Stand up and be counted in 2010 census
Getting an accurate count has real impact on our community
April 1, 2009 (MINNEAPOLIS) -- Minneapolis City leaders and representatives from the U.S. Census Bureau today marked one year until the beginning of the 2010 U.S. Census. April 1 is Census Awareness Day, and City leaders are using it to encourage everyone in Minneapolis to fill out and send in their Census form, because getting an accurate count of residents in the city is more important than ever.
An accurate count has a significant impact on people in Minneapolis-- it’s estimated that every 100 people missed in the Census count leads to a $1 million loss to the people of Minneapolis over the next decade. That’s because more than $300 billion in federal and state funding is allocated to communities based on census data every year. Having an incomplete count means a community won’t get its fair share of that funding. That money goes to support things like school lunches, Head Start programs, home energy assistance programs, Medicaid grants to states, assistance for families in need, and job training and placement for adults, youth, and dislocated workers.
In Minneapolis, that $1 million would be enough to:
• Place nearly 350 people into full time employment
• Create seven new affordable housing units for individuals or families
• Provide more than 10,000 medical or dental visits for uninsured patients at a community clinic
• Test more than 33,000 children for lead poisoning
• Help at least 25 new businesses get started by providing low interest loans, creating hundreds of new jobs
"We want everyone in Minneapolis to get counted," said Mayor R.T. Rybak. "Having a good count means more than just having a new population number a sign—it has real impacts on our community. Getting a complete count means we are better able to build a city that works for everyone and takes care of all those who need help."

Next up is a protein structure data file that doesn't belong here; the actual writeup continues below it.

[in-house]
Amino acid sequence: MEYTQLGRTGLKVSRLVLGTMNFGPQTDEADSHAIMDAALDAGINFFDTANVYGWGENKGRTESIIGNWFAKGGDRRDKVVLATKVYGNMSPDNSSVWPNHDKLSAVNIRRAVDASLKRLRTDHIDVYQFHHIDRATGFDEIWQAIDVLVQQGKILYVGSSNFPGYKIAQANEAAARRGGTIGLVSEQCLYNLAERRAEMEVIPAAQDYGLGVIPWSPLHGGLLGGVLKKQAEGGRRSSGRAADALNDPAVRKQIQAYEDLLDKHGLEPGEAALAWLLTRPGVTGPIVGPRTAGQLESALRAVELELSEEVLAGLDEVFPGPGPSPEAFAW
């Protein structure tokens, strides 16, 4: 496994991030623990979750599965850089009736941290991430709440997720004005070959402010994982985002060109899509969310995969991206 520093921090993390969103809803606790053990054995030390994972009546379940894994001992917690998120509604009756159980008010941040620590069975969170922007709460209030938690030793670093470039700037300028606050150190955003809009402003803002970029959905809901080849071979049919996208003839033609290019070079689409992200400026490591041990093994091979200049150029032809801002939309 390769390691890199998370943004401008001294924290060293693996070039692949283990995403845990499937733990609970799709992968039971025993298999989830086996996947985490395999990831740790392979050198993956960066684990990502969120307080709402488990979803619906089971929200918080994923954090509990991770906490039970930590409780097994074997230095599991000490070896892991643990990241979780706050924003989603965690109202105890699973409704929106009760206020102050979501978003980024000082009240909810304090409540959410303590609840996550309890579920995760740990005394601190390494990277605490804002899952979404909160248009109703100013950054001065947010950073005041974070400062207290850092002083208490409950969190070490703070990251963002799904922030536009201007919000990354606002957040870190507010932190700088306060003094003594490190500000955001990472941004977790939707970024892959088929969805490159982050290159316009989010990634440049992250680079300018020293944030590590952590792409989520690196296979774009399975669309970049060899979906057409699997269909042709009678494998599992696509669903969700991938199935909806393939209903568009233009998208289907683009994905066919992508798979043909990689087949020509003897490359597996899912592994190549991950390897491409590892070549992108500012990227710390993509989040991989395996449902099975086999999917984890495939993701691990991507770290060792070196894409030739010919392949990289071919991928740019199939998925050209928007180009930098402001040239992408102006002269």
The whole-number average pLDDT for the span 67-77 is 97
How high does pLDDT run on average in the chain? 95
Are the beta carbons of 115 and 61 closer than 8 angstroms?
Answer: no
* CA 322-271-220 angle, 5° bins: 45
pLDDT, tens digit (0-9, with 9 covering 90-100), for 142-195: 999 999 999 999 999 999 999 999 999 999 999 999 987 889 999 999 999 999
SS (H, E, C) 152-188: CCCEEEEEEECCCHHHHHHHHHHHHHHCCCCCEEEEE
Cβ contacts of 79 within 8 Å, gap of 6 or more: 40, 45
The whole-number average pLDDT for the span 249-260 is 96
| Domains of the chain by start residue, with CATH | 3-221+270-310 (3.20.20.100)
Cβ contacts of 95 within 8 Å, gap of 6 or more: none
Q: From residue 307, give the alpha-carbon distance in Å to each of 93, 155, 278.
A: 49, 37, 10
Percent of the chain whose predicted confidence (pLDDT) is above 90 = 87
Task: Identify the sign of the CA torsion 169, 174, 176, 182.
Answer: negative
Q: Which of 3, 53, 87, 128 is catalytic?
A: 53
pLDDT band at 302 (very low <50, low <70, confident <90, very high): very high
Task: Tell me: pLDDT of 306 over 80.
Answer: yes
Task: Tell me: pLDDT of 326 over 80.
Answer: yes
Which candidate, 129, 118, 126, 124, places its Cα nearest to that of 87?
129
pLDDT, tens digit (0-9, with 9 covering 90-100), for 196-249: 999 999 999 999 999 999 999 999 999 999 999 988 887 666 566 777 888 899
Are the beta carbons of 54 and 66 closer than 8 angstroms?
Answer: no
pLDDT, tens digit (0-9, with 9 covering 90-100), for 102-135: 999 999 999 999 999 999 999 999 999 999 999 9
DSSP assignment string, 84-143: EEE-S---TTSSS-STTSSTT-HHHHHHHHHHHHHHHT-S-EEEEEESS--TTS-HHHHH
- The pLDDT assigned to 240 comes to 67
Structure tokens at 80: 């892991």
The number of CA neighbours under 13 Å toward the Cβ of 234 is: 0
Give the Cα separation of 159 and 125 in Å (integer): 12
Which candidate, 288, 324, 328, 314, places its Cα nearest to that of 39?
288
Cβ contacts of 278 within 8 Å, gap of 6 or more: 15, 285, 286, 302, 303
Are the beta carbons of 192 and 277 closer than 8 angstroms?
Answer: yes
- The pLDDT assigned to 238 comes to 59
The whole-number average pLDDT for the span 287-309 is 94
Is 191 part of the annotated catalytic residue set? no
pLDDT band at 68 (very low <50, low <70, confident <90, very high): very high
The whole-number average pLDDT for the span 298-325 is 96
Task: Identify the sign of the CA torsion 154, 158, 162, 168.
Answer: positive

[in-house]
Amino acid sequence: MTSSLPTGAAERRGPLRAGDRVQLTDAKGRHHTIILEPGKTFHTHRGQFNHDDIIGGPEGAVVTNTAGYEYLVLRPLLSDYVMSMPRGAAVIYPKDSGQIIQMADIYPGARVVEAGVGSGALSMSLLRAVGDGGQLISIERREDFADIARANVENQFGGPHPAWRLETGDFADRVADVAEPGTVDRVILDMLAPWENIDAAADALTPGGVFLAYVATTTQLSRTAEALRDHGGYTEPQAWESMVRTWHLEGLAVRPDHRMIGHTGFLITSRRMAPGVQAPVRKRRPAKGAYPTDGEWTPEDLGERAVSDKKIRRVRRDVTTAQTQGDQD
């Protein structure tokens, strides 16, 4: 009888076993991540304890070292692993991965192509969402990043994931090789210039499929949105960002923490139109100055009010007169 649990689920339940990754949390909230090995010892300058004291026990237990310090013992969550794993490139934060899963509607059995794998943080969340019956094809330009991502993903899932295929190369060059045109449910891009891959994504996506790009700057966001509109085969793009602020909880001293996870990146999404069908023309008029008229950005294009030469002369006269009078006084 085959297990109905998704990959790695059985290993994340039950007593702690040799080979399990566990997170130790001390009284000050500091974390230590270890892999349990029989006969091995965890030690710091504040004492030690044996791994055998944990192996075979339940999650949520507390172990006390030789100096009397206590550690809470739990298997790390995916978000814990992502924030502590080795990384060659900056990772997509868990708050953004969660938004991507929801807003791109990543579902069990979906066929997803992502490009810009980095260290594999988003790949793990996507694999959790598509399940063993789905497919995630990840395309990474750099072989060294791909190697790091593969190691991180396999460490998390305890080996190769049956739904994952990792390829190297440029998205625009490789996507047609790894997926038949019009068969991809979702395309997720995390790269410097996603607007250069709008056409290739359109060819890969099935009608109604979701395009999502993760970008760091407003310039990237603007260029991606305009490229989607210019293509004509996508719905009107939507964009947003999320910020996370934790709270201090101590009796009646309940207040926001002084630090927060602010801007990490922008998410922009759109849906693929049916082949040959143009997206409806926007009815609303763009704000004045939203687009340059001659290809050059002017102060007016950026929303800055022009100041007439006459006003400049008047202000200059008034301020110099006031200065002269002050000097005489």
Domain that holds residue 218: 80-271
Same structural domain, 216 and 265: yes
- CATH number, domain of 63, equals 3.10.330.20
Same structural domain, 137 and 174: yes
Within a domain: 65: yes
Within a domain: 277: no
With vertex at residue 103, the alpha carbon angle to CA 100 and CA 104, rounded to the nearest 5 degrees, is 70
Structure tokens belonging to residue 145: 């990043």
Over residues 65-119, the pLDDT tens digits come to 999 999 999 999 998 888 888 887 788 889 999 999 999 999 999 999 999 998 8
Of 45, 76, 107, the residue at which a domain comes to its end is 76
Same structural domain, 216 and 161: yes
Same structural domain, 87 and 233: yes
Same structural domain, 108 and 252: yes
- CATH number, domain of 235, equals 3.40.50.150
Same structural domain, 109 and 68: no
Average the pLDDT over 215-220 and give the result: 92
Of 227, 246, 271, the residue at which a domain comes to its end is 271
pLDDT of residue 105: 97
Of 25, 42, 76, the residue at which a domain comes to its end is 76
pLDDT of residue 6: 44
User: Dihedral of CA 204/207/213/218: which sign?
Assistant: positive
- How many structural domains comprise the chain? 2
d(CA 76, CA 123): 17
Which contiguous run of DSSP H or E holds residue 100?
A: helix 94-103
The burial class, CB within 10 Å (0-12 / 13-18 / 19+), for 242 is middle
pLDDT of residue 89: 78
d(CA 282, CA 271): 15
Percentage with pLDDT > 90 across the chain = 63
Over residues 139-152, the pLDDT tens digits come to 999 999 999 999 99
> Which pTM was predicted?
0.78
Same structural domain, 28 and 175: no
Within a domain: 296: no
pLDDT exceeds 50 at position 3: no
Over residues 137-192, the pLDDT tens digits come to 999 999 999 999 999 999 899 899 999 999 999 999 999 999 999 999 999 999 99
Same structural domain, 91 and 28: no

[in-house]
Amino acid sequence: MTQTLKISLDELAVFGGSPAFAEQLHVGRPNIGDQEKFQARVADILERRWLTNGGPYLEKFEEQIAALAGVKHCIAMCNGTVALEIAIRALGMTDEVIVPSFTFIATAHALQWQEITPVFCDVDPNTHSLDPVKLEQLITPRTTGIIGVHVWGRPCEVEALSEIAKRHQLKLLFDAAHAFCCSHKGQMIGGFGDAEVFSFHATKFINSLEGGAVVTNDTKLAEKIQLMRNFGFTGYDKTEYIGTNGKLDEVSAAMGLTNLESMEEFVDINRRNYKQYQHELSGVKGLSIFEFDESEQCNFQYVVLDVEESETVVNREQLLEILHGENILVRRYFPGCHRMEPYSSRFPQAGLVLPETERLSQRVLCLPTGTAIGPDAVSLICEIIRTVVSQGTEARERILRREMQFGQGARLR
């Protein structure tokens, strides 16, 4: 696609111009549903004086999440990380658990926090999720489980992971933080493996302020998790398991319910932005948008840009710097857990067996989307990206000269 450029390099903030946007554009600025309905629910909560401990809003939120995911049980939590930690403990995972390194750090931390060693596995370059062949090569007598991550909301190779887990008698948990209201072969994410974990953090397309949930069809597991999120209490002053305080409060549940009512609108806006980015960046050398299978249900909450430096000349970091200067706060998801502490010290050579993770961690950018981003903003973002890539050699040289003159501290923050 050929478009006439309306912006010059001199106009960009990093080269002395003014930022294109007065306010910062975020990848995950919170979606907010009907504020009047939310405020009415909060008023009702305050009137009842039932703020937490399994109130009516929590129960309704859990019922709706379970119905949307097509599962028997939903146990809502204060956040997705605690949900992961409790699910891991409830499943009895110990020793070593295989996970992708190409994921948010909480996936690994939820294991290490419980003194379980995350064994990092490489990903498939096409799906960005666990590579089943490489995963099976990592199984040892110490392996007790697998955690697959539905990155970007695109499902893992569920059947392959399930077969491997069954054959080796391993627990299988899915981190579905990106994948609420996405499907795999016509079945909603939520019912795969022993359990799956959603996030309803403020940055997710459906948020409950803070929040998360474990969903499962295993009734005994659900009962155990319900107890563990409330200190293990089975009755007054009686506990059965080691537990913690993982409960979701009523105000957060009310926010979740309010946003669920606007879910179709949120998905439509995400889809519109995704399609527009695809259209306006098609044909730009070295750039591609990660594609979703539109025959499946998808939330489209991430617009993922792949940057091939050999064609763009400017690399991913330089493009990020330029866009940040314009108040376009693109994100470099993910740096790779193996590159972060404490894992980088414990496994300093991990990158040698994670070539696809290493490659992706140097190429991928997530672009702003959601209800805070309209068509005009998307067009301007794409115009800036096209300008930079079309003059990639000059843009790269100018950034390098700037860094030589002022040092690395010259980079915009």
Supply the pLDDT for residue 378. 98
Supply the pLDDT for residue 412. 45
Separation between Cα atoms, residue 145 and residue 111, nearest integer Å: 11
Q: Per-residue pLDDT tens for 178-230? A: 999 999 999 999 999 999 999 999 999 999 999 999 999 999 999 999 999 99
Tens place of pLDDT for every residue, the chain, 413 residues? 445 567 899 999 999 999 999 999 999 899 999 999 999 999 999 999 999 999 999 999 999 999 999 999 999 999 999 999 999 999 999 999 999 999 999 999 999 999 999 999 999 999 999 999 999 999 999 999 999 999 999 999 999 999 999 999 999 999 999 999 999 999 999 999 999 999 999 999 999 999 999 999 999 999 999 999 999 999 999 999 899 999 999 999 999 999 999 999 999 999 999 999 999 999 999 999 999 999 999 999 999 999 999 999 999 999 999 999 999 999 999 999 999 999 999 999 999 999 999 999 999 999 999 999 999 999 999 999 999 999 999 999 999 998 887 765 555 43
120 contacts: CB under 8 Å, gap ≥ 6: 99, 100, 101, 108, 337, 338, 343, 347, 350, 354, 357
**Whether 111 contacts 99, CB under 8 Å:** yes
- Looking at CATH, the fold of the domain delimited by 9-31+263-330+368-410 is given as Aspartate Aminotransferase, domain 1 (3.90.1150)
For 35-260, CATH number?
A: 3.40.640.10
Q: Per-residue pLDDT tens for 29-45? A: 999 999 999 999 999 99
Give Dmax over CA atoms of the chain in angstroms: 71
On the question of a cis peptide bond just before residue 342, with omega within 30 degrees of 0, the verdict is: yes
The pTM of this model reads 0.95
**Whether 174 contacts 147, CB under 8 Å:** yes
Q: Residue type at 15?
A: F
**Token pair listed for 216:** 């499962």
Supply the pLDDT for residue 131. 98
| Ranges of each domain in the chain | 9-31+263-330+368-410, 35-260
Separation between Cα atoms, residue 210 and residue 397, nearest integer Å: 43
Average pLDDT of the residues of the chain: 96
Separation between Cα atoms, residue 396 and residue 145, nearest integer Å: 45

"I know it sounds like April 2010 is a long way off, but we need to start getting ready right now," said City Council Vice President Robert Lilligren. "One of the things we’re doing in Minneapolis is to create a Complete Count Committee to do the important work of reaching out to all residents to participate in the census. Everyone needs to understand that the census is simple and safe. We look forward to working closely with the U.S. Census Bureau and the local communities to make sure everyone is counted."
"The 2010 Census will guide the people of Minneapolis for the next 10 years," said Dennis Johnson, the Regional Director for the U.S. Census. "Everyone has a hand in making this the best census possible."
The results from the 2010 Census are also taking on a significant meaning across Minnesota, because the state’s voice in Congress is linked to the state’s population. If Minnesota’s population doesn’t keep pace with some other states, the state could potentially lose a seat in the House of Representatives. The figures are also used locally—they help determine everything from state legislative districts to school district boundaries.
In 2000, the Census response rate in Minneapolis was 67 percent, which was equal to the national average but lower than the statewide average of 75 percent. Some sections of Minneapolis had a lower than 50 percent response rate, including portions of north Minneapolis, the Phillips community, and areas around the University of Minnesota. City and Census leaders are working to boost participation citywide, with a special focus on those areas that have had low participation in the past.
Published Apr. 2, 2009